BFI London Film Festival 2011: ‘The Deep Blue Sea’


After an 11-year hiatus, British director Terence Davies returns to screens with his passionately faithful adaptation of Terence Rattigan’s The Deep Blue Sea (2011) – which closed the 55th BFI London Film Festival – starring the ever-wonderful Rachel Weisz (star of the upcoming The Bourne Legacy [2012]) and Tom Hiddleston (Archipelago [2010]).

Rattigan’s play is by no means simple and requires the passion and energy that only a director like Davies can give. Set in England in the 1950s, the plot – put in the most basic terms – concerns Hester (Weisz), a married woman who falls in love with RAF pilot Freddie Page (Hiddleston).

The Deep Blue Sea is something of a treatise on love – whether it is better to follow one’s passions and abandon convention (at least convention by 1950s standards) or to follow the traditions of the day. The character of Hester is an intriguing one, the unconventional woman torn between what she wants and what she should do.

The concept of the trapped or isolated women is by no means new – in fact it was the staple diet of 1950s cinema – and being based on a play written in 1952 provides little deviation from the conventions of the day (very true of key pot elements which will not be spoilt). This aside, it is certainly a complex film that warrants more than one viewing to truly appreciate what is happening, Davies admitting himself that it took four or five readings of the play before he knew what was really going on.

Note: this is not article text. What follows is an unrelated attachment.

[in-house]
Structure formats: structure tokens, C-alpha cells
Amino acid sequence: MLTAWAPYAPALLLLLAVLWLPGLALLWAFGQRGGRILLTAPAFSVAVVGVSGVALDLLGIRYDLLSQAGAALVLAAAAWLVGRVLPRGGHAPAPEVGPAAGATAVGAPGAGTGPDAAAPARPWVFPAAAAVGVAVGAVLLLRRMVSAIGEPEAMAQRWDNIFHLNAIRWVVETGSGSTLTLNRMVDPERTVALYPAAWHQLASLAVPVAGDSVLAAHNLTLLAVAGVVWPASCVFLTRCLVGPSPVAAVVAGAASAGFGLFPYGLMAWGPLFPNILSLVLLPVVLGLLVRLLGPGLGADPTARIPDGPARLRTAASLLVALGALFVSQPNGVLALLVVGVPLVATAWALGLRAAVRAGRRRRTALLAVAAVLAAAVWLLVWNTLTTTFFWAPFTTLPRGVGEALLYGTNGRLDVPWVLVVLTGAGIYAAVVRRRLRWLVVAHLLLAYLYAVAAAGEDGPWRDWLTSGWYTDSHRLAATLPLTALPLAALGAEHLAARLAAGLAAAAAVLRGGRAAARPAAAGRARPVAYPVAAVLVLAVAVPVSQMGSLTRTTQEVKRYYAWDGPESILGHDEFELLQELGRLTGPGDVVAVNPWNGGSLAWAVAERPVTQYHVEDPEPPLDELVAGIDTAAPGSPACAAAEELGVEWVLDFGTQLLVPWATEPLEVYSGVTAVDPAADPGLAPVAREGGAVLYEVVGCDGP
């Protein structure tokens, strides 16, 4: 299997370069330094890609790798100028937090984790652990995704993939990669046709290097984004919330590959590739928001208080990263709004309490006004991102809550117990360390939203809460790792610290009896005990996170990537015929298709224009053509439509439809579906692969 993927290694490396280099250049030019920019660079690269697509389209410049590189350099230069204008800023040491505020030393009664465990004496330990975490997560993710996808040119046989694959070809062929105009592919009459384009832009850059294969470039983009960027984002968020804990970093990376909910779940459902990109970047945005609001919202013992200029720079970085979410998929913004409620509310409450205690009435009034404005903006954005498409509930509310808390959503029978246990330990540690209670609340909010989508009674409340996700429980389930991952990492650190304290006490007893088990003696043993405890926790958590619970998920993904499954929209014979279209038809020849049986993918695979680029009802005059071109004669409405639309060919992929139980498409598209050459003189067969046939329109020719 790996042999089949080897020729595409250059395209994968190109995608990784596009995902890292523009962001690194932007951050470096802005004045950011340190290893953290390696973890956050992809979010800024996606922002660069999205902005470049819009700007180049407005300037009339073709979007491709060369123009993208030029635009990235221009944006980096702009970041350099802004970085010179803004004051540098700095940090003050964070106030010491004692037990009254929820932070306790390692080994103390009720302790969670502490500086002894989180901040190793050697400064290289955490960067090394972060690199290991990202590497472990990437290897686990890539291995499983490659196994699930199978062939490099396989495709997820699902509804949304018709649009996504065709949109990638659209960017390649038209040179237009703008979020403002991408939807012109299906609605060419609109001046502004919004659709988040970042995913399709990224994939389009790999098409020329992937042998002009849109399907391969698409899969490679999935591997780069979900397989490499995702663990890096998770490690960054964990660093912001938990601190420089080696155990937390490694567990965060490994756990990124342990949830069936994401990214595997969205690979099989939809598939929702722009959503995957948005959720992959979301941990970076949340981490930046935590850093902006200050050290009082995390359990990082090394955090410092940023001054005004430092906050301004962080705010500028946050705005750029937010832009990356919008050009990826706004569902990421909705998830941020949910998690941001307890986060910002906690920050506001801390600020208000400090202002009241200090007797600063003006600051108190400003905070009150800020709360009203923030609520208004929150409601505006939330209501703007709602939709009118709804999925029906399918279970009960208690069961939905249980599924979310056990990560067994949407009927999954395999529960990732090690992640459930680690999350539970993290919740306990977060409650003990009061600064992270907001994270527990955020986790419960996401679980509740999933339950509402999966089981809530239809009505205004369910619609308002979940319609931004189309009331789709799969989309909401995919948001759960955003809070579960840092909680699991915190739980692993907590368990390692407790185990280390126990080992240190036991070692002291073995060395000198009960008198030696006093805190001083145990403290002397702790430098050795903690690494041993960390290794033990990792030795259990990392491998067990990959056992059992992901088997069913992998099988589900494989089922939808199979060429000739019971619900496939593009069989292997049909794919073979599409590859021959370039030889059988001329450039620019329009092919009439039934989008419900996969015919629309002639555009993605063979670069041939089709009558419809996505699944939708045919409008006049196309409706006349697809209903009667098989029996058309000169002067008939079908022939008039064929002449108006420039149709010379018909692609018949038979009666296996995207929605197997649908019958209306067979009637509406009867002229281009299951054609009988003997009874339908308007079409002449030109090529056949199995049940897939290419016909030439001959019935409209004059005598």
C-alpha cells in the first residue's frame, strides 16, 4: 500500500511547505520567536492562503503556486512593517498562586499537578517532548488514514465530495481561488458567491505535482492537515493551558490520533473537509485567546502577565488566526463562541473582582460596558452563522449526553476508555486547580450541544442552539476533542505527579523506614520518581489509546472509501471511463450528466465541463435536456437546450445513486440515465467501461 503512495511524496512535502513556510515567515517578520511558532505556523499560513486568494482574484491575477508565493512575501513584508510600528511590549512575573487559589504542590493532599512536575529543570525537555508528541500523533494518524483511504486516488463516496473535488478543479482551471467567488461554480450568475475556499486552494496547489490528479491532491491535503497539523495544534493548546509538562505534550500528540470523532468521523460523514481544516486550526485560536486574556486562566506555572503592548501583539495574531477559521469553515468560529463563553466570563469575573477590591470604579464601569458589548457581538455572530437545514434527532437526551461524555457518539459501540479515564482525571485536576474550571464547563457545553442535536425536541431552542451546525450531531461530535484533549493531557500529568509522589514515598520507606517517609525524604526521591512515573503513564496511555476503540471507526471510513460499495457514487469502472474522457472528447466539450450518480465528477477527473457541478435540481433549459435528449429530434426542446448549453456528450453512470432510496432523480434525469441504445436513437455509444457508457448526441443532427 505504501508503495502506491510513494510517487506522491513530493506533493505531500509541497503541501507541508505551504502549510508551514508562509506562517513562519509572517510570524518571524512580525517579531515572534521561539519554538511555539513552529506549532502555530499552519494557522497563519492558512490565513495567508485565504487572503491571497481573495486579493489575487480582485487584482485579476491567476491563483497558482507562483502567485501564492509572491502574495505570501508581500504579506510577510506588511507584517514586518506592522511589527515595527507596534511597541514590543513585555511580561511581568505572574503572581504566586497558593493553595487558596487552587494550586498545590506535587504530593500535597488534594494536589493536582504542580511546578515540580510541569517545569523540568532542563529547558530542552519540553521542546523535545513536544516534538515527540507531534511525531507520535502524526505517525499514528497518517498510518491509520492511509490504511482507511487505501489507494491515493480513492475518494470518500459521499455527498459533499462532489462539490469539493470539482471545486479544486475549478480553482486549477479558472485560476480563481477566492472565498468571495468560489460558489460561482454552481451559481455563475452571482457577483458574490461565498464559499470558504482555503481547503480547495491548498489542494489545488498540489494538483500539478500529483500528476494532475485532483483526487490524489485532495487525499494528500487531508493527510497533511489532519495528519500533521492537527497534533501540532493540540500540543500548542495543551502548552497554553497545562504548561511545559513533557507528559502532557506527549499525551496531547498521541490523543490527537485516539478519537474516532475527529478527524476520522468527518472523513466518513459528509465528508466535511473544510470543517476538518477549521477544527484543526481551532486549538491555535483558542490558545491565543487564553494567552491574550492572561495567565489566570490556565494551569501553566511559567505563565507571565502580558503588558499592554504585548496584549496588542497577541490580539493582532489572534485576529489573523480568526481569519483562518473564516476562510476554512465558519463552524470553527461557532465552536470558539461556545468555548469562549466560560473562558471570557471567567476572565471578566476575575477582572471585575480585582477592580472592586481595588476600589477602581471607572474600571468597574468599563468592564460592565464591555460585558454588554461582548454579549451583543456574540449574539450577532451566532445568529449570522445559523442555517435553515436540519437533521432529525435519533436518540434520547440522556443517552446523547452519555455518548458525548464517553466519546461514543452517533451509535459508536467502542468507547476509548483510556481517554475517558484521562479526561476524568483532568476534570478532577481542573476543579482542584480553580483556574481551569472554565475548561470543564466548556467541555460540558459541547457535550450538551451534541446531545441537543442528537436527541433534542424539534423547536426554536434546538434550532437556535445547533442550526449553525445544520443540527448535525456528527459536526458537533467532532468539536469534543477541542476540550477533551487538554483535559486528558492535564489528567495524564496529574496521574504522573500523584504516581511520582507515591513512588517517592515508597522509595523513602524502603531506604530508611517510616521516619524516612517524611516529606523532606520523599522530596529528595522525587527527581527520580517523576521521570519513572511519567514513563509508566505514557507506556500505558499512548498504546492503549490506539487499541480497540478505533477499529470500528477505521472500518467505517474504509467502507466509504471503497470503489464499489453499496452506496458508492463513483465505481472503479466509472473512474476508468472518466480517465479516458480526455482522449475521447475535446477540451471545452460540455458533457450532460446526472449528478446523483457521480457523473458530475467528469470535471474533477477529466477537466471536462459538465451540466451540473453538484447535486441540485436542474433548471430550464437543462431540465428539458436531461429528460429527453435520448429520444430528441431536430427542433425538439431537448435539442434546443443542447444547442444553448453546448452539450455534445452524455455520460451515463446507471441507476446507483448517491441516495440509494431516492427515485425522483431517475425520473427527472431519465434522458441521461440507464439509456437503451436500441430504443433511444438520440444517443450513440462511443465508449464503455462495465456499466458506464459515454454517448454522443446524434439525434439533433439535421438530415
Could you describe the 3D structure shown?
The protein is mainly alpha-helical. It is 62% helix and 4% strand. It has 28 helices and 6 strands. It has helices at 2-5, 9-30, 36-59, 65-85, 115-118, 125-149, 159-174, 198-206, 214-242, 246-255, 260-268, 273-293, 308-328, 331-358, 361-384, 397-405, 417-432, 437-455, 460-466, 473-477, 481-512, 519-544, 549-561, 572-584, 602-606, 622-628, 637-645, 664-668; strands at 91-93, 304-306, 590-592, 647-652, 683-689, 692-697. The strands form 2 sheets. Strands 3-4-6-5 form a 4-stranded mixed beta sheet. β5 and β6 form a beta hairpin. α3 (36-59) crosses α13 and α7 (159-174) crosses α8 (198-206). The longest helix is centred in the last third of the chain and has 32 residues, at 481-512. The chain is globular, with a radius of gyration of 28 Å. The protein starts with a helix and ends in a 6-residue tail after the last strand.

There are many, many positives to The Deep Blue Sea – it’s incredibly well shot, with lingering long shots allowing the cast (who are well known for their theatre as well as film work) to demonstrate how talented they are.

The major flaw of the film is an age old dilemma; there is a presumption that theatre can be adapted to film. With The Deep Blue Sea, Davies has certainly created a lavish film, that is highly reminiscent of previous work such as The House of Mirth (2000), but it is the source material that lets it down. Perhaps a more cavalier attitude to the play would have created a more lasting film, but as it stands it is no more than a well-crafted love song harking back to a bygone era: impressive, but you would perhaps expect more from Davies.

For more BFI London Film Festival 2011 coverage, simply follow this link.

Joe Walsh